1838 — Tetanic Therapies: Gravestone, Inscription, and Notes
The Transcribed Inscription
To the memory of Robert Chisholm Esquire, MD. Formerly of Ashmore in the County of Dorset, but late of Canterbury, where he practiced many years as a physician generally, and in the Kent and Canterbury Hospital.
In this field of usefulness, his professional skill, and his general benevolence of heart, diffusing their effects through a large circle of rich and poor, have caused his loss to be felt as a public calamity.
This table is erected by his friends and fellow citizens who are desirous of recording their sense of his worth.
Died 29th August 1838, aged 52.
Notes on Research & Invention
Dr. Chisholm did complete his medical training at the University of Edinburgh in 1808, long before the germ theory of disease existed. He started work at the Kent and Canterbury Hospital in 1823. Nothing mentioning his cause of death or any marriage was found in the research. He and Dr. Carter published descriptions of their treatments of several patients, plus some data about diseases and survival rates of patients at the Kent and Canterbury Hospital, in the London Medical Repository Monthly Journal and Review, during the mid 1820s.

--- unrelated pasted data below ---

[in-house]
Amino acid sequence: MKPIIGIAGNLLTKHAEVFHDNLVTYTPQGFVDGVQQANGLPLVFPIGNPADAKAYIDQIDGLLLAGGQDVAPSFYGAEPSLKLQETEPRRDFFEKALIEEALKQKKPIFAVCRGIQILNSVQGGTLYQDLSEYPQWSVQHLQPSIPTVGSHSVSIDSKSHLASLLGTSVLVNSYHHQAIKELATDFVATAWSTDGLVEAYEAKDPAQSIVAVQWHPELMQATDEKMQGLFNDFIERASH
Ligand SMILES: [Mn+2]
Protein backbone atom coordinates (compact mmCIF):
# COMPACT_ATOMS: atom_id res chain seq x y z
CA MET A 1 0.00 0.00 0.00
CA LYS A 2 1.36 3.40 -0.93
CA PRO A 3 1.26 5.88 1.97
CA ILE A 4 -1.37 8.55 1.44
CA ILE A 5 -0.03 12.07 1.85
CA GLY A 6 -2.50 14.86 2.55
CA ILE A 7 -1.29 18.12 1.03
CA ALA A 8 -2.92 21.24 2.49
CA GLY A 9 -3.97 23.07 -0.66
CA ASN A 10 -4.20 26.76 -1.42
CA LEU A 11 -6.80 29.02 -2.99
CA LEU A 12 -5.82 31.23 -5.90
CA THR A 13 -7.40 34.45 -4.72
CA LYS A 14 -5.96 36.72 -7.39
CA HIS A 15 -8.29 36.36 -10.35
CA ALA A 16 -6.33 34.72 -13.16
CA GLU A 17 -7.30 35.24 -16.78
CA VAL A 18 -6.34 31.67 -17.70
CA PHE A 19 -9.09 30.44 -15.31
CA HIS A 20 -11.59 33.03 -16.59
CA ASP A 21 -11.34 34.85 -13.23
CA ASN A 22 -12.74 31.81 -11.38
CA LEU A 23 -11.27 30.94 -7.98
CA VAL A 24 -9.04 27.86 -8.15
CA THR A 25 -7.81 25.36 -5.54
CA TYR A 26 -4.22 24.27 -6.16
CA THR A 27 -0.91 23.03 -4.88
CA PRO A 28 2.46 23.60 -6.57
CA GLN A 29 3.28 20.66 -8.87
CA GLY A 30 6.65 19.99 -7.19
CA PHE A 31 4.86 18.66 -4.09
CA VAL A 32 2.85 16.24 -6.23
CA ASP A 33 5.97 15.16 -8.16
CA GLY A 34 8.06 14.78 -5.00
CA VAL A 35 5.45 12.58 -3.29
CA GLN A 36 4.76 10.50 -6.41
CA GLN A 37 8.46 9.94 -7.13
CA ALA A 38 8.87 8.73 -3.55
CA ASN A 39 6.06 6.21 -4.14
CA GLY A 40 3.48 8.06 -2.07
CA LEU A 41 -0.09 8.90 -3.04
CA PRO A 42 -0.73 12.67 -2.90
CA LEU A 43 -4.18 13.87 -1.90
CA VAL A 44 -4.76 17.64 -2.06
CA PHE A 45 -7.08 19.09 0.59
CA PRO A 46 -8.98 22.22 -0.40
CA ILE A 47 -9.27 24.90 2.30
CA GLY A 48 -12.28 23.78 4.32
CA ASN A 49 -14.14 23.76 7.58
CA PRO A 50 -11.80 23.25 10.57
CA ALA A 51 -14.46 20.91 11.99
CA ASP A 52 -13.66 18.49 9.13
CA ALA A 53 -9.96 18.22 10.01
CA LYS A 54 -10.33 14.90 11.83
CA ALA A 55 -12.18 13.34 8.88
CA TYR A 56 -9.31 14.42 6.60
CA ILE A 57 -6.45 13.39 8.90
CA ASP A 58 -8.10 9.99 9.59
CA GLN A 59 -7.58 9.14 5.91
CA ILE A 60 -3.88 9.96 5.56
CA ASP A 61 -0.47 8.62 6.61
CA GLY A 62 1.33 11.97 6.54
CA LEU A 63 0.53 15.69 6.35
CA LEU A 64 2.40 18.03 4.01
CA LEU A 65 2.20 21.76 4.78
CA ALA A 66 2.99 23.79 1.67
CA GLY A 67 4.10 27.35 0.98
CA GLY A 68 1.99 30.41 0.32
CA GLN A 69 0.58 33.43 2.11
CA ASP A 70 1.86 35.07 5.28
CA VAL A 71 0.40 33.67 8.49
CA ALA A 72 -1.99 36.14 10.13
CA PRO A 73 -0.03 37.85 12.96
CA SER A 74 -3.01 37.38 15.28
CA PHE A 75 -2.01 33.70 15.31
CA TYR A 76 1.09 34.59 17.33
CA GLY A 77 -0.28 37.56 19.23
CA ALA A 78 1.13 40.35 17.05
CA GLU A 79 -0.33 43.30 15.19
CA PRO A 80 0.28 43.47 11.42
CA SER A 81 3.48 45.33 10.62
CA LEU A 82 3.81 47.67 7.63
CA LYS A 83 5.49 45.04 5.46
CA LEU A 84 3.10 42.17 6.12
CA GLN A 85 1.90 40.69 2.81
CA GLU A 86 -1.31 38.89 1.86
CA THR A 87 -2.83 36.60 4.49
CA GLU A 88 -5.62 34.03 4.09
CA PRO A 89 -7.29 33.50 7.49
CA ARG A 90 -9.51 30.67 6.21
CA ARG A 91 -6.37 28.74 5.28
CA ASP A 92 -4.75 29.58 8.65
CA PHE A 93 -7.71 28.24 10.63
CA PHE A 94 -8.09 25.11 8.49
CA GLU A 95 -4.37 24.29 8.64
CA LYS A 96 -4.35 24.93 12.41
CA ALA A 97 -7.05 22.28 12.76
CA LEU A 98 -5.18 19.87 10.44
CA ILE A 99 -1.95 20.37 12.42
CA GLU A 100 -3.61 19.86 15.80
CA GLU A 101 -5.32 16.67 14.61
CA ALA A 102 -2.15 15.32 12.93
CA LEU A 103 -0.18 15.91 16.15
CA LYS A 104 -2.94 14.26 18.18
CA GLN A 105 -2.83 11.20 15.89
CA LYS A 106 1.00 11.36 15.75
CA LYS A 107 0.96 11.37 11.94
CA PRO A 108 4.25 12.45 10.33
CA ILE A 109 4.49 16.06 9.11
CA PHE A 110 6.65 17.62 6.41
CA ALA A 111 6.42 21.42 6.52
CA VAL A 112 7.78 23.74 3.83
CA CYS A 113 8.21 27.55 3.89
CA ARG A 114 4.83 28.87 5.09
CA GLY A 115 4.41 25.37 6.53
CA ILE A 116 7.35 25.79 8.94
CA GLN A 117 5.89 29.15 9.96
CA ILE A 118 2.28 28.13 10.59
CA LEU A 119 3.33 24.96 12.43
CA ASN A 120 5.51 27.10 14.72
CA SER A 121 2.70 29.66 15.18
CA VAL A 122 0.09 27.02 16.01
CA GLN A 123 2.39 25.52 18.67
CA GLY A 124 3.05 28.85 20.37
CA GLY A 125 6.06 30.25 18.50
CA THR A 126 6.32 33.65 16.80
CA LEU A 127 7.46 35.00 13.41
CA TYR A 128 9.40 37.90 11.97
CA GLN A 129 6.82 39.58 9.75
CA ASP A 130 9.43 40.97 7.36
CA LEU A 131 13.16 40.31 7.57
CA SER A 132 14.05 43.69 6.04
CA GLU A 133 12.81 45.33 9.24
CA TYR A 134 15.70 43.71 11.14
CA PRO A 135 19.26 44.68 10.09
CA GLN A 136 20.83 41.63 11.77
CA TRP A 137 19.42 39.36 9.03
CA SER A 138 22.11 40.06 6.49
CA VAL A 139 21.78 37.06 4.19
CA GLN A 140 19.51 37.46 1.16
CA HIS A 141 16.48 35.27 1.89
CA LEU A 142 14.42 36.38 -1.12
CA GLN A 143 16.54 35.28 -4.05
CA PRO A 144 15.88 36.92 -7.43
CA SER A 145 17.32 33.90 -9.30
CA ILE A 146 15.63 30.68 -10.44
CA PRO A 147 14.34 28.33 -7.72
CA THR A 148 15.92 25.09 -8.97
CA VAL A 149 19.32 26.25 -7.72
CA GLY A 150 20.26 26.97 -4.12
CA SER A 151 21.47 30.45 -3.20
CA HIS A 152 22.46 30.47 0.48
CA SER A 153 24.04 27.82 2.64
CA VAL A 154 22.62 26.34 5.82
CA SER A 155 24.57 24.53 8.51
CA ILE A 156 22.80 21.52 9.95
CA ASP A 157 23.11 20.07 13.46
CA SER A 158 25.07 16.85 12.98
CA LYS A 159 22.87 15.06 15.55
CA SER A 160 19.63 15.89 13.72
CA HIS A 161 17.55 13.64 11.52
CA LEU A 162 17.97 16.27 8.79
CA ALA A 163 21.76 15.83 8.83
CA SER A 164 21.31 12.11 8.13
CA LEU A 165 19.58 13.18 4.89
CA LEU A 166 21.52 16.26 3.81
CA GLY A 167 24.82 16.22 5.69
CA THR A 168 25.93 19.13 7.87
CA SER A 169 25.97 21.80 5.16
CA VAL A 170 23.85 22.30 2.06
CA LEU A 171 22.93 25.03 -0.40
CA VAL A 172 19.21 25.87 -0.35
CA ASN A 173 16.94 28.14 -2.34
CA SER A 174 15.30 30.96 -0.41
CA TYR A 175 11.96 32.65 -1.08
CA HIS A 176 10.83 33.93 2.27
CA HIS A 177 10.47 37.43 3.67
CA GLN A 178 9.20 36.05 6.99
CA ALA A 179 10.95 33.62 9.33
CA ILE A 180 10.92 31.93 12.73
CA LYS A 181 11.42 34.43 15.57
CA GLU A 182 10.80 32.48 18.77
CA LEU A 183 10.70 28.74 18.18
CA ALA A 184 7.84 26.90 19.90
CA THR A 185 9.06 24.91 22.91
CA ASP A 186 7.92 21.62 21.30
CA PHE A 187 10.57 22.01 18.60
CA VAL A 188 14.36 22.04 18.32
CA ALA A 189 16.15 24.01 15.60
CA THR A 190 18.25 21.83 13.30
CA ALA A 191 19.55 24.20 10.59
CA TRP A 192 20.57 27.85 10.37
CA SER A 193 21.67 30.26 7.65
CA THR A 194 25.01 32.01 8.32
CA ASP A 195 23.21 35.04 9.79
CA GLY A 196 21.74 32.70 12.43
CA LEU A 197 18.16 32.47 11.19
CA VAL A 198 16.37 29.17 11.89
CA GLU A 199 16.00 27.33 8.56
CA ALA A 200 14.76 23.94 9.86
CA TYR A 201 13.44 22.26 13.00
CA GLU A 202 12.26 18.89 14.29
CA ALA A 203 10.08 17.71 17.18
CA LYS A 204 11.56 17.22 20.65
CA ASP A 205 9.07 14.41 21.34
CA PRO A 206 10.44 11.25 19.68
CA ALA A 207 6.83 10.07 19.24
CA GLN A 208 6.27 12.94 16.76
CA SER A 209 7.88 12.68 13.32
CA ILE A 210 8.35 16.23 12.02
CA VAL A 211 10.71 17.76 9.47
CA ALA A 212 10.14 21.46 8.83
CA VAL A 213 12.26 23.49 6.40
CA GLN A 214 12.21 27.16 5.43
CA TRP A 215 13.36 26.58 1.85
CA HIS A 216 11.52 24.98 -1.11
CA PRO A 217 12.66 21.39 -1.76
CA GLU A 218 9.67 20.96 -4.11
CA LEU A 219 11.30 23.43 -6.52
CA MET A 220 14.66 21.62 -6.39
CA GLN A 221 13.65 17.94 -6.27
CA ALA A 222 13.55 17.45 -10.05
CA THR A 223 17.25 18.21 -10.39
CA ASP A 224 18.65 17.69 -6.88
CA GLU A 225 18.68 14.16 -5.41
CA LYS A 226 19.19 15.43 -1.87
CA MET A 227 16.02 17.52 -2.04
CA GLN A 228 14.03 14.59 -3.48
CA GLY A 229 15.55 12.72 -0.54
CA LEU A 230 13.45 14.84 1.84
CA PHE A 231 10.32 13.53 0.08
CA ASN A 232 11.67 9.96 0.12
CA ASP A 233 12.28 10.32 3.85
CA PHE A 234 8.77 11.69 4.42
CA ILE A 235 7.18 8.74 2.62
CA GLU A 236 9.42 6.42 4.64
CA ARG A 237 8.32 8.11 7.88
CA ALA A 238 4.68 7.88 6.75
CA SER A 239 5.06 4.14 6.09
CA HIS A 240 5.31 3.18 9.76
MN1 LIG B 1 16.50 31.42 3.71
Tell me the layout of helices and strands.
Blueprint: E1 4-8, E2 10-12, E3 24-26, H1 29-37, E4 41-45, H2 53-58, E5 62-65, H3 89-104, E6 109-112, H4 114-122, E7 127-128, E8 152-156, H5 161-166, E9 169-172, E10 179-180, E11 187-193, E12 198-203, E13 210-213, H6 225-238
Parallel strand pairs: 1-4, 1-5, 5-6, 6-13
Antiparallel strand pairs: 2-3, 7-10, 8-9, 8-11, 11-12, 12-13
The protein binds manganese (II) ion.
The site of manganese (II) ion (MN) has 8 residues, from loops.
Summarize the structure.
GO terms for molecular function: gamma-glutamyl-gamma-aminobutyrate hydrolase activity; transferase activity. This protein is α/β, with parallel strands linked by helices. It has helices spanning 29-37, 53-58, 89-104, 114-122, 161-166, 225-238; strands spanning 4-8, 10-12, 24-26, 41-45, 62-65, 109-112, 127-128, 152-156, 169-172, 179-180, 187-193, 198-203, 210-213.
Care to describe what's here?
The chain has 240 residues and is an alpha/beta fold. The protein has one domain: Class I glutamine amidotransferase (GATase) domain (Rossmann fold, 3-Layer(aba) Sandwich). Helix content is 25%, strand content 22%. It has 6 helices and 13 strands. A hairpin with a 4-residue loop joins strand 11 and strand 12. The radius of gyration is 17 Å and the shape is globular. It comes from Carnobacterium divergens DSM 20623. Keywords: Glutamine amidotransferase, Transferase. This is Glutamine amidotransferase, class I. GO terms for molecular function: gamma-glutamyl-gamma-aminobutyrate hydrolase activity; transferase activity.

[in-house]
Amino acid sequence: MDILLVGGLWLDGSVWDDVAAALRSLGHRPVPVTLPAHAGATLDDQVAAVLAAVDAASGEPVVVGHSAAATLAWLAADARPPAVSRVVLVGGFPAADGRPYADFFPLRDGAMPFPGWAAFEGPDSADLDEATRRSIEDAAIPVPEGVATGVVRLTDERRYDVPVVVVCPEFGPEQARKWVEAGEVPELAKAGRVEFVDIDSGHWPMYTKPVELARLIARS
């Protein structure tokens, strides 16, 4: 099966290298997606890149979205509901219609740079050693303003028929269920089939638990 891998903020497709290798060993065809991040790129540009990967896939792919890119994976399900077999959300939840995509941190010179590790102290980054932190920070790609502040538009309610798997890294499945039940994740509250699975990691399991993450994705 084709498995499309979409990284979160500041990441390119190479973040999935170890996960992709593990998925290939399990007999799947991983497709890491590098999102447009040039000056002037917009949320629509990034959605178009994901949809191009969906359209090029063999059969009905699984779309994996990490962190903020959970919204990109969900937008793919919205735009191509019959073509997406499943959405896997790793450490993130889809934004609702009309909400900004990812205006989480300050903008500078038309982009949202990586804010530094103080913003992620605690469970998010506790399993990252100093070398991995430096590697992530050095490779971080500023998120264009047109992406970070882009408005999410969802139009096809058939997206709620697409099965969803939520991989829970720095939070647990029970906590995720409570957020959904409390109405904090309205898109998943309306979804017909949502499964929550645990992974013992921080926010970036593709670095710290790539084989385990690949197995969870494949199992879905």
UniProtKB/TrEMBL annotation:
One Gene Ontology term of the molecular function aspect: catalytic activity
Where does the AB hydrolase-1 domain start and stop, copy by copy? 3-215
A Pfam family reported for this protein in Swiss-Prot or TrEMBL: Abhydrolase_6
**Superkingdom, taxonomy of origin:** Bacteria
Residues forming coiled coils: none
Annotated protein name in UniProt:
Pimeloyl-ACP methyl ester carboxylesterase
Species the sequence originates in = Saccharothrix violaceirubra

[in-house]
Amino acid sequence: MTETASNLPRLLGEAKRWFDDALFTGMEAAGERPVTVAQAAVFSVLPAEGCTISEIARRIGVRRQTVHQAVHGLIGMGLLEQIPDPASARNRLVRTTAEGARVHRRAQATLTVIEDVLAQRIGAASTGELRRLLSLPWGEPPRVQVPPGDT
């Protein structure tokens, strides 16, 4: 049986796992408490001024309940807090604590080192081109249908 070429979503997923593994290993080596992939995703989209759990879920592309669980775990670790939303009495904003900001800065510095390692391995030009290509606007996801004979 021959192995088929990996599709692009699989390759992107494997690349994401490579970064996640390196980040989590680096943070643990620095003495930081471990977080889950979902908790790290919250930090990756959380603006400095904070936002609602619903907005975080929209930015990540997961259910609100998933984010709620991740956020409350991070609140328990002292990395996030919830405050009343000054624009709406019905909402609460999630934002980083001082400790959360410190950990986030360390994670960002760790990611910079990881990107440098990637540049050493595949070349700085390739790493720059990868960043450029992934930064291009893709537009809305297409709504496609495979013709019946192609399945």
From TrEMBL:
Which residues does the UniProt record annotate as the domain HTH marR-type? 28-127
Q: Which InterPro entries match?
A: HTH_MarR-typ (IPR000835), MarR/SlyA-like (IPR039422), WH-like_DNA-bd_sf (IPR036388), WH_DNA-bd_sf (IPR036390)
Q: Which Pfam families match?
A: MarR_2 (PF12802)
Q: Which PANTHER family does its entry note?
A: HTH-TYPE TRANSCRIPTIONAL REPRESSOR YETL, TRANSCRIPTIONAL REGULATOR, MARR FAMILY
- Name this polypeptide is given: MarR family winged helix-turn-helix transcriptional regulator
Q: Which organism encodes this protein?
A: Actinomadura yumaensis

Research did not find any descriptions published by Carter and Chisholm about their treatments for patients who had tetanus. The case descriptions in this story merge elements of Dr. Chisholm’s descriptions of other disorders with details from several case descriptions published in British and Irish medical journals during the 1820s that specifically described the symptoms and treatment of tetanus. Those treatments virtually always failed and would be regarded as harmful or poisonous today.
Tetanus is caused by a chemical produced by a common kind of bacteria. That chemical interferes with the function of the nerves that control muscular movements and generally leads to death through making it impossible to breathe. Thanks to modern medicine, inoculation that effectively prevents tetanus is widely available. Even with modern treatments, up to 80% of the patients who develop tetanic paralysis still die from it.
The engraved portion of the figure in the illustration is one of John Tenniel’s satirical characters from Punch magazine. He is holding a bottle labeled ‘Soothing Syrup.’ The backdrop is a photograph of an historic building in the city of Canterbury, next to the Great Stour River.
Susan Marie Brown, © 2014